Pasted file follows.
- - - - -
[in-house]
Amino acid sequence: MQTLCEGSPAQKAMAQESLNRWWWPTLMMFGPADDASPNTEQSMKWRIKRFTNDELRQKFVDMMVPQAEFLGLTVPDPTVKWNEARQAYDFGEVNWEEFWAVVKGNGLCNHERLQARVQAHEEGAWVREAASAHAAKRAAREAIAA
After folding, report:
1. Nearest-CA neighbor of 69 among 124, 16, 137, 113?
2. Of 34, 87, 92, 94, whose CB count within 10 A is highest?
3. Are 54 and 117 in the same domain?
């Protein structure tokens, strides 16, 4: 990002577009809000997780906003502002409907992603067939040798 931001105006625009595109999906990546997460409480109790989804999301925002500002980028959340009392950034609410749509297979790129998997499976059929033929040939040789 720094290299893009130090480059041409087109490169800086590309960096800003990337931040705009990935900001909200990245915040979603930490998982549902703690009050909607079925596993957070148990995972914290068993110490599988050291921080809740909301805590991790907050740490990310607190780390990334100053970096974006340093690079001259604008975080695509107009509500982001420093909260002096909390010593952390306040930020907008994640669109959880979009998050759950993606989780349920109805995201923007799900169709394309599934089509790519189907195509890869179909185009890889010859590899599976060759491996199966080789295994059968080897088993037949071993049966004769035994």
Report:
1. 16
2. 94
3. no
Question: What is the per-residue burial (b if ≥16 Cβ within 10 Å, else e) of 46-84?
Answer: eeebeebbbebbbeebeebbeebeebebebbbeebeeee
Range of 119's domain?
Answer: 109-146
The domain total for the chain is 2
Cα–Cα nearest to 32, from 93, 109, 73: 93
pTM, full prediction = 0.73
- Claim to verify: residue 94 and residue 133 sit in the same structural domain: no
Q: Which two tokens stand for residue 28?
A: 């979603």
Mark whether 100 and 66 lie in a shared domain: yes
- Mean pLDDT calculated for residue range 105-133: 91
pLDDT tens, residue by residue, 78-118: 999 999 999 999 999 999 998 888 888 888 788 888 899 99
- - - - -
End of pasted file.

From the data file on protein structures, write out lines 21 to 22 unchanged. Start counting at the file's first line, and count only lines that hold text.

A: 């979603």
Mark whether 100 and 66 lie in a shared domain: yes